because after I mated, I noticed the *.pgn file had all black moves
first instead of white; I put black with the bishop, knight, and king,
but since the pgn file was backwards, I switched around the initial
starting position and said "I played white" but thought I modified the
file correctly; then I said I played white. Or, maybe I used the
wrong starting file compared to what I used in Arasan, as I have
numerous starting positions for this mate as I was trying to figure it
out.

This method on the Bobby Fisher site shows nets much similar to this
technique, so it apparently is a legitimate method. Anyway, I felt
kind of proud of myself for even getting it to work, especially when I
am a beginner and the web makes it appear that the only person to be
capable of such a mate would be Kasparov.

I never rate myself or play in tournaments. I simply found that my
style of play can no longer be to catch my brother in the middle game
unaware--he can smell checkmates now; I must go clear to the end and
strip him of all his men now, and I found by reading the web that
bishop and knight can mate, but couldn't make heads or tails of the
examples on the sites I found. I have not bought any good books or
taken formal lessons.

Also, where can I buy a chess timer? I think I want one that is
electronic with an initial time and a time bonus per move.

I am now trying to learn how to pick off a rook with a queen. I don't
know if I will ever figure this one out; after I get this one, I will
learn how to pick off the bishop, and then the knight. Maybe I should
start the other way around.

Can a lone queen pick off two bishops, two knights, or one bishop and
one knight; assuming all pawns on both sides are stripped?

PS. The two bishop mate is also wacky on the web--the bishops are out
in the middle under constant attack by the king. I found that with
the two bishops perpendicular to an edge and against the edge, they
protect each other from the enemy king and my king can concentrate on
securing another diagonal instead of keeping them under protection;
the web examples are very disorganized on this mate, too.
  #7   Report Post  
Old March 19th 04, 05:05 PM
Robert Richter
 
Posts: n/a
Default What do you think of my method of king, bishop, and knight checkmate?

"Ricardo Gibert" wrote in message news:[email protected]
[snip]


Start: 1B5N/8/8/4k/8/8/8/7K w - - 0 1


This position is illegal.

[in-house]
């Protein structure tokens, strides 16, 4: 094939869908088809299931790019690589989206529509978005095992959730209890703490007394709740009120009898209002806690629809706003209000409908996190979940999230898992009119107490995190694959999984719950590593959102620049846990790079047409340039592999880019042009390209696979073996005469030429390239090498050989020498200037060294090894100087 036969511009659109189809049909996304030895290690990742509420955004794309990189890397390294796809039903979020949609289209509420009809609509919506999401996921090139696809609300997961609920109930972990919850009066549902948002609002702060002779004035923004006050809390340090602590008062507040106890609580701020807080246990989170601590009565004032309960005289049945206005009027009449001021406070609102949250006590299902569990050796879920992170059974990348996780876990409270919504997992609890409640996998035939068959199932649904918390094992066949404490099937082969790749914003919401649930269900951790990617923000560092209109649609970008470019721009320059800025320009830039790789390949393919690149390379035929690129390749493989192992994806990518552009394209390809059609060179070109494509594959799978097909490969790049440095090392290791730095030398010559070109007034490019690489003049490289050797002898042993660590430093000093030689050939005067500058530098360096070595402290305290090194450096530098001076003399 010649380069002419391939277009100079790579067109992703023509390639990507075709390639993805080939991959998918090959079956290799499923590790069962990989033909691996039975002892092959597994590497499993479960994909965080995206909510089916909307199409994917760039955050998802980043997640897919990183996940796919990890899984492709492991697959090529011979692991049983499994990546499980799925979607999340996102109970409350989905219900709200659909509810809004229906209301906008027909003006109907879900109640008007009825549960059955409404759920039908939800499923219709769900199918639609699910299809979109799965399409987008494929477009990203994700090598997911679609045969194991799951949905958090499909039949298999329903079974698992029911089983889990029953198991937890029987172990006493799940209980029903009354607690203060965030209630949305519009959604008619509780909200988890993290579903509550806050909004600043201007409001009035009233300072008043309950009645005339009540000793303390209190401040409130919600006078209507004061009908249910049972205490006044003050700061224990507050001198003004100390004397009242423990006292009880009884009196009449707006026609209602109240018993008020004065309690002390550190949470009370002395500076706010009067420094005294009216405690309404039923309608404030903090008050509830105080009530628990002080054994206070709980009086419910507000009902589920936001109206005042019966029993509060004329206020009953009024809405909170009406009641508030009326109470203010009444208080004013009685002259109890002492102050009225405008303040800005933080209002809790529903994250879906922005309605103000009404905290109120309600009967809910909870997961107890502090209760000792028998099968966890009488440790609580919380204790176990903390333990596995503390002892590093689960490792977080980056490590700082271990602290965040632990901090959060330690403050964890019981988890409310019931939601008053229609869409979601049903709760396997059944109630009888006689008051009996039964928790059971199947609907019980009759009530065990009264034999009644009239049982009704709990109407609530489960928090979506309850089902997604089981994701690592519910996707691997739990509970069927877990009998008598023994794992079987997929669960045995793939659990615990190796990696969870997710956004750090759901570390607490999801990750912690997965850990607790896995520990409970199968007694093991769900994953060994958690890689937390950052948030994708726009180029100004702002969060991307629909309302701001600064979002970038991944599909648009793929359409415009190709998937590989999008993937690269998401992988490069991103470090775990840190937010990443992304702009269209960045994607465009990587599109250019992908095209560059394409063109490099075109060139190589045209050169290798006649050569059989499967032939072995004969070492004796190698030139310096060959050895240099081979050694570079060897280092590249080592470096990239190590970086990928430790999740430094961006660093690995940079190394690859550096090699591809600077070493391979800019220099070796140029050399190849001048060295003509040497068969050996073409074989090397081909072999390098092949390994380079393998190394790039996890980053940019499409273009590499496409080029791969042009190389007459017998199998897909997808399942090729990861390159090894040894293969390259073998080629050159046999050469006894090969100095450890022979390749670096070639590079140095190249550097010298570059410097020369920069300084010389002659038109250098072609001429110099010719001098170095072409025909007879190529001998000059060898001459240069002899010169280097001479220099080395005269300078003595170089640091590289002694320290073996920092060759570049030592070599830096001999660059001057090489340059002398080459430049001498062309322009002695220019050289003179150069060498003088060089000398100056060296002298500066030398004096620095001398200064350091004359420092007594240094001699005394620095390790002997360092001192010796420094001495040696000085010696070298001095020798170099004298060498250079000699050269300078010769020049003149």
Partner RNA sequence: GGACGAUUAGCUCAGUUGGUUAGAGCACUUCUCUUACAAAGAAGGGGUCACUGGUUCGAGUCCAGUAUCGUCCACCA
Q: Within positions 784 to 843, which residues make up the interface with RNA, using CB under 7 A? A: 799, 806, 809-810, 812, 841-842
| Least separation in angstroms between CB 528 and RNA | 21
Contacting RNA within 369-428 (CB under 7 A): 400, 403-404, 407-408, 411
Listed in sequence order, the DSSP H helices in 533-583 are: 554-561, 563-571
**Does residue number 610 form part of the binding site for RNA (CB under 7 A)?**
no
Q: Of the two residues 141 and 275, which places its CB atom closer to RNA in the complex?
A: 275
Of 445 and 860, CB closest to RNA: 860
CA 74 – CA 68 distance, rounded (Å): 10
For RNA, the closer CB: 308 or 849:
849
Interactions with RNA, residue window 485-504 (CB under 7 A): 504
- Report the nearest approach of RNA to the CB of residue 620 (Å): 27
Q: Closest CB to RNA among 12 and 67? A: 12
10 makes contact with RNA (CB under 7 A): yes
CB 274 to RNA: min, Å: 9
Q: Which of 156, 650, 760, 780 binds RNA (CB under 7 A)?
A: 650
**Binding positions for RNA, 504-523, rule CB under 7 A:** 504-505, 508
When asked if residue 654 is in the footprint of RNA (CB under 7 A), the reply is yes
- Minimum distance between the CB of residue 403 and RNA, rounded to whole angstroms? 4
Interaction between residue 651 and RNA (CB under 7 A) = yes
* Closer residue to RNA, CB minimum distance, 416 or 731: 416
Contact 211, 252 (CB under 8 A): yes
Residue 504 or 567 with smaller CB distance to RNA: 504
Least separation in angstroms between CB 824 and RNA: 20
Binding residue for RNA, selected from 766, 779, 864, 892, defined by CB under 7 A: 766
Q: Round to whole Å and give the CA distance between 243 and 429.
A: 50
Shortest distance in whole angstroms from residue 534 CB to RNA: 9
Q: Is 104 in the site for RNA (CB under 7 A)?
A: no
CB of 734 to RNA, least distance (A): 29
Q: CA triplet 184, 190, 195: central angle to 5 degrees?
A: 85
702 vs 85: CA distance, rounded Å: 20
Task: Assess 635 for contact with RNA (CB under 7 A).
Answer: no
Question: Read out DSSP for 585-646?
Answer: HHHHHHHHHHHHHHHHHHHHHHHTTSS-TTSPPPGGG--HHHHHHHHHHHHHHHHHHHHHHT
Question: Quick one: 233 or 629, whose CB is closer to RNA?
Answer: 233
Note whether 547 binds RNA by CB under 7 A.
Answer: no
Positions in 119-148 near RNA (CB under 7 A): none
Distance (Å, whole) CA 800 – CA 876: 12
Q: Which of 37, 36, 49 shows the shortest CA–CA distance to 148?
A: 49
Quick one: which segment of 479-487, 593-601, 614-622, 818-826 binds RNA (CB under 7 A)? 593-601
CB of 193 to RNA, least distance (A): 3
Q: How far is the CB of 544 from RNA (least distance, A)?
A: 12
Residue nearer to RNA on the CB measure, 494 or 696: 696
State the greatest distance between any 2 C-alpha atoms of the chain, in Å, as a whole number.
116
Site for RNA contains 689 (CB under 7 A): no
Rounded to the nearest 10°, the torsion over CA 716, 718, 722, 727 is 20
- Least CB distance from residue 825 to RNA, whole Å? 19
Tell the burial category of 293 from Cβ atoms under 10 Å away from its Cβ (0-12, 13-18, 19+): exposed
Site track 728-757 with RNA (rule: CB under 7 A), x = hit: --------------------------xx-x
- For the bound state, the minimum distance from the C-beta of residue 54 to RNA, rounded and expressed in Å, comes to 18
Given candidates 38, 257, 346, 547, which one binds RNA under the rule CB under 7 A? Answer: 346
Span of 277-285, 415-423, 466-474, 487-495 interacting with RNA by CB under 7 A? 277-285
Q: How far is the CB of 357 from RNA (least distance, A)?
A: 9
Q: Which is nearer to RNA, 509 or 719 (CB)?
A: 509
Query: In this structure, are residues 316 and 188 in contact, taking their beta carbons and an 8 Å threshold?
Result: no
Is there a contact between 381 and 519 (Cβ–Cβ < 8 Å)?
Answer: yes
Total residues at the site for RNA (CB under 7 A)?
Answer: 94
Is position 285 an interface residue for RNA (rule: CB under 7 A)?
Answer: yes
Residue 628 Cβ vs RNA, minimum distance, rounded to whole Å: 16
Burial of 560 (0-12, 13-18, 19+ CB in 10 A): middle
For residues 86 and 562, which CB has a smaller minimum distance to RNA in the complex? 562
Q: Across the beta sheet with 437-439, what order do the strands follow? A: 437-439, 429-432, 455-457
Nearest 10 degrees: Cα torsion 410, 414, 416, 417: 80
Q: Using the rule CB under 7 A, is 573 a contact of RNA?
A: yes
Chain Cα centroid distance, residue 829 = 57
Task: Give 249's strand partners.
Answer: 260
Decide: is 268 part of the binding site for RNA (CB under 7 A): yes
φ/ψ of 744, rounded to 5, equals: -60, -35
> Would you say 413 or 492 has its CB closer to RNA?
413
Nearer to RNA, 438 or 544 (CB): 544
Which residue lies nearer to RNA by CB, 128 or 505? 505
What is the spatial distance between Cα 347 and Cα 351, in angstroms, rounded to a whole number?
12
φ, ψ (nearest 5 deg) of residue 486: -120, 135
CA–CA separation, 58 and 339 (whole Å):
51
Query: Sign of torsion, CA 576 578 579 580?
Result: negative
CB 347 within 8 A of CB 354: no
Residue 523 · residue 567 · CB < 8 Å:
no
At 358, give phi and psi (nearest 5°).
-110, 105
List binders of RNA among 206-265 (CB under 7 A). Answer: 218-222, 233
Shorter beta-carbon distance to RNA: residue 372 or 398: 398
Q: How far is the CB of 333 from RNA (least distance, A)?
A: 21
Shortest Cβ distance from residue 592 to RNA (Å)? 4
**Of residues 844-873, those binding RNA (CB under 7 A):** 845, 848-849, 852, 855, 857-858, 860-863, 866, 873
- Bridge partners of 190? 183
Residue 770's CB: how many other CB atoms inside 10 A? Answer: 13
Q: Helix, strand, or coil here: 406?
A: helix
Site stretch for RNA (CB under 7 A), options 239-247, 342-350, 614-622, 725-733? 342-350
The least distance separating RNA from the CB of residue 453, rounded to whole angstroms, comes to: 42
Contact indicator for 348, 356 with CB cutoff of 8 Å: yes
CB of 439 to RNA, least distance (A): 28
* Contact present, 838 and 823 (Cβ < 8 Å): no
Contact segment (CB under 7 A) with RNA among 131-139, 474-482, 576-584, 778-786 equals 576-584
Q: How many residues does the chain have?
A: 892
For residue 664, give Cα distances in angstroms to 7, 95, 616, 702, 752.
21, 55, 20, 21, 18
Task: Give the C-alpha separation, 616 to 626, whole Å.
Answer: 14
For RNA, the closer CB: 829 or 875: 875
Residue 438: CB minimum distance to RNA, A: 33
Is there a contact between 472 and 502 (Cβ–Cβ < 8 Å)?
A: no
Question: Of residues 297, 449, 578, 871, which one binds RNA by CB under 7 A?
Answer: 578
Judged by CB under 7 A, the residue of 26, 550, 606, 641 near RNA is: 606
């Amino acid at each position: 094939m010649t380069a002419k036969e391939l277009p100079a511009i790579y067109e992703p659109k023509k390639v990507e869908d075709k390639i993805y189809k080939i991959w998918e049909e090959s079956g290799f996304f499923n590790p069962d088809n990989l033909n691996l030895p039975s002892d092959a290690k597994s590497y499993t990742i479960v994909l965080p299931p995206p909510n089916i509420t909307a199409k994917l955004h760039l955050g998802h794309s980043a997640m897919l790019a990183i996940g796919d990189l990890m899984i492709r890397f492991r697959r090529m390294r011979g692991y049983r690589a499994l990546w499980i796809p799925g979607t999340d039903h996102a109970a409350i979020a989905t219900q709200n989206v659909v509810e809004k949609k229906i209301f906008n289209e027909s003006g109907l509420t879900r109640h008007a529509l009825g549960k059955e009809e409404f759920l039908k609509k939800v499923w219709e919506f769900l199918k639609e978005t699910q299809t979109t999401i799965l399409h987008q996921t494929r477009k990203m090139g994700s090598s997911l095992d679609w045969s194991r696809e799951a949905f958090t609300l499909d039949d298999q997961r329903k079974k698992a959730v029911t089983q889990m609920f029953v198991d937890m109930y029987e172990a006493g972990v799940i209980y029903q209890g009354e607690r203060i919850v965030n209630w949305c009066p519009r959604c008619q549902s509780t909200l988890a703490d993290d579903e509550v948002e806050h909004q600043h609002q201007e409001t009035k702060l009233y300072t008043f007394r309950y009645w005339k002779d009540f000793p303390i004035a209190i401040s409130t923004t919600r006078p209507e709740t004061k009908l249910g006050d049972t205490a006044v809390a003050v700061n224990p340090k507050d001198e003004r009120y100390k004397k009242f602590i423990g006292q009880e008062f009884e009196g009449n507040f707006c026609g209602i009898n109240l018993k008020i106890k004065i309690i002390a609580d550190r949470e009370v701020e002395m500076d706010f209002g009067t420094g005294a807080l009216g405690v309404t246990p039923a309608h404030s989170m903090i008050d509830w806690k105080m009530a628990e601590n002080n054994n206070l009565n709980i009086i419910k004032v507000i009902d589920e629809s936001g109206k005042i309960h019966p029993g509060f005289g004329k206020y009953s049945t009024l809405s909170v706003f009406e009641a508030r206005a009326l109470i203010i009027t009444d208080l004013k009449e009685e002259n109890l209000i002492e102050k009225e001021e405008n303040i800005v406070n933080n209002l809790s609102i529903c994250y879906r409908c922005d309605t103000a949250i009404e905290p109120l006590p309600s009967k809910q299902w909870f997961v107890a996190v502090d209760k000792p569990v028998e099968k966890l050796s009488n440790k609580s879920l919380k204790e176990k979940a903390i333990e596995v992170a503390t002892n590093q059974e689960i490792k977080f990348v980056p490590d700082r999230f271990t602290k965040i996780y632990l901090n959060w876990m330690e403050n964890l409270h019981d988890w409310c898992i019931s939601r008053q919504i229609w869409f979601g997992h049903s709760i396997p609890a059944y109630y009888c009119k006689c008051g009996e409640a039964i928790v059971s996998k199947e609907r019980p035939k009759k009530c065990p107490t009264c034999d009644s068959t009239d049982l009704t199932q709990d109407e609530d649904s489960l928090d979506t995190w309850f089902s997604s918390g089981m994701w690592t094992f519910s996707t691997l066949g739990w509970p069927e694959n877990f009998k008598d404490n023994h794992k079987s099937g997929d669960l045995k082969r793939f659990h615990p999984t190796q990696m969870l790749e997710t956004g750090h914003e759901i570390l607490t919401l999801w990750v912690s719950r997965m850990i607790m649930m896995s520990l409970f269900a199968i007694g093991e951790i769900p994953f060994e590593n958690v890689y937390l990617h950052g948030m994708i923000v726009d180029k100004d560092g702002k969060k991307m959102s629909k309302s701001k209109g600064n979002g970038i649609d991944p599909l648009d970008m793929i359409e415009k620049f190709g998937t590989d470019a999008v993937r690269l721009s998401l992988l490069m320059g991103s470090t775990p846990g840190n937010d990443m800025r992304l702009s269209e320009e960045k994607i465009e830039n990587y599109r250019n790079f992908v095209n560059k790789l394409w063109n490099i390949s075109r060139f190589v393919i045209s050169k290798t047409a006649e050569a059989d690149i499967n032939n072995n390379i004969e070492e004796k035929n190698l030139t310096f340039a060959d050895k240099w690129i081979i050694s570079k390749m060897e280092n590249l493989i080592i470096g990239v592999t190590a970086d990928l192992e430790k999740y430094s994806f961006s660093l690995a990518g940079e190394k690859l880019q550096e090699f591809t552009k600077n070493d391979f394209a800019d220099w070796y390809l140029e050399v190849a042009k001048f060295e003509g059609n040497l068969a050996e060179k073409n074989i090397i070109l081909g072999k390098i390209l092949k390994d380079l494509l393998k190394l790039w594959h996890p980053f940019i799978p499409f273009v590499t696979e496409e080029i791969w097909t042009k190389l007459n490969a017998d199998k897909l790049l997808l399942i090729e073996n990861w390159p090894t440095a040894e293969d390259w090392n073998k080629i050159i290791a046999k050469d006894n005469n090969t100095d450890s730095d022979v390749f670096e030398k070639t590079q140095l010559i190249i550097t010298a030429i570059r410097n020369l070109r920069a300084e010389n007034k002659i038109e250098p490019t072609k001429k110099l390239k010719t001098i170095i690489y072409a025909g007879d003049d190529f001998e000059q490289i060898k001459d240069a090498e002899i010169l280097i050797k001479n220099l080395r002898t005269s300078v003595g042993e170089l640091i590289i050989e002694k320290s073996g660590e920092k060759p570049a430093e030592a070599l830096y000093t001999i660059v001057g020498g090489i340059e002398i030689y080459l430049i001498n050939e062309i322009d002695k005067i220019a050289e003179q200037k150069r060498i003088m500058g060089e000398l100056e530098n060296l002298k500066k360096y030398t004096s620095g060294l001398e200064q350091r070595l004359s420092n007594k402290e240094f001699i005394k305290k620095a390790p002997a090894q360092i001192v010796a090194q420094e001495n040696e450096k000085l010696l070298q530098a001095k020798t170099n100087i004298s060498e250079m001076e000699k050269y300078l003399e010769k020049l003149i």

You're right; I wonder why Arasan didn't object to that, and why I
didn't see that, but it did get out of check on its first move, so
apparently, you need the starting position after my first move and his
first move if your chess program is objecting.
  #8   Report Post  
Old March 19th 04, 06:28 PM
Kenneth Sloan
 
Posts: n/a
Default What do you think of my method of king, bishop, and knight checkmate?

"Randy Bauer" writes:

I've made similar points to students -- I'd much rather they spent the same
amount of time on crucial rook and pawn endings, because they are much more
likely to occur in their games.


In my opinion, that's not the point of studying KBNk. I view it as
analogous to what are called "small-sided games" in soccer. The key
skill being developed is the ability to visualize, and use, interactions
between the piece. Coordinating N and B is a crucial skill in the
opening and middlegame - but it's hard to distill those positions to the
point where the N+B interaction is obvious to the student.

A player who has studied KBNk will play better openings and middlegames.

Of course, R endings come first! but...I think the right reason is
*understanding* how the pieces work together, and NOT memorizing classic
positions and the cookbook methods of winning/drawing from those positions.

--
Kenneth Sloan
Computer and Information Sciences (205) 934-2213
University of Alabama at Birmingham FAX (205) 934-5473
Birmingham, AL 35294-1170
http://www.cis.uab.edu/info/faculty/sloan/
  #9   Report Post  
Old March 19th 04, 06:36 PM
Robert Richter
 
Posts: n/a
Default What do you think of my method of king, bishop, and knight checkmate?

"Ricardo Gibert" wrote in message news:[email protected]
[snip]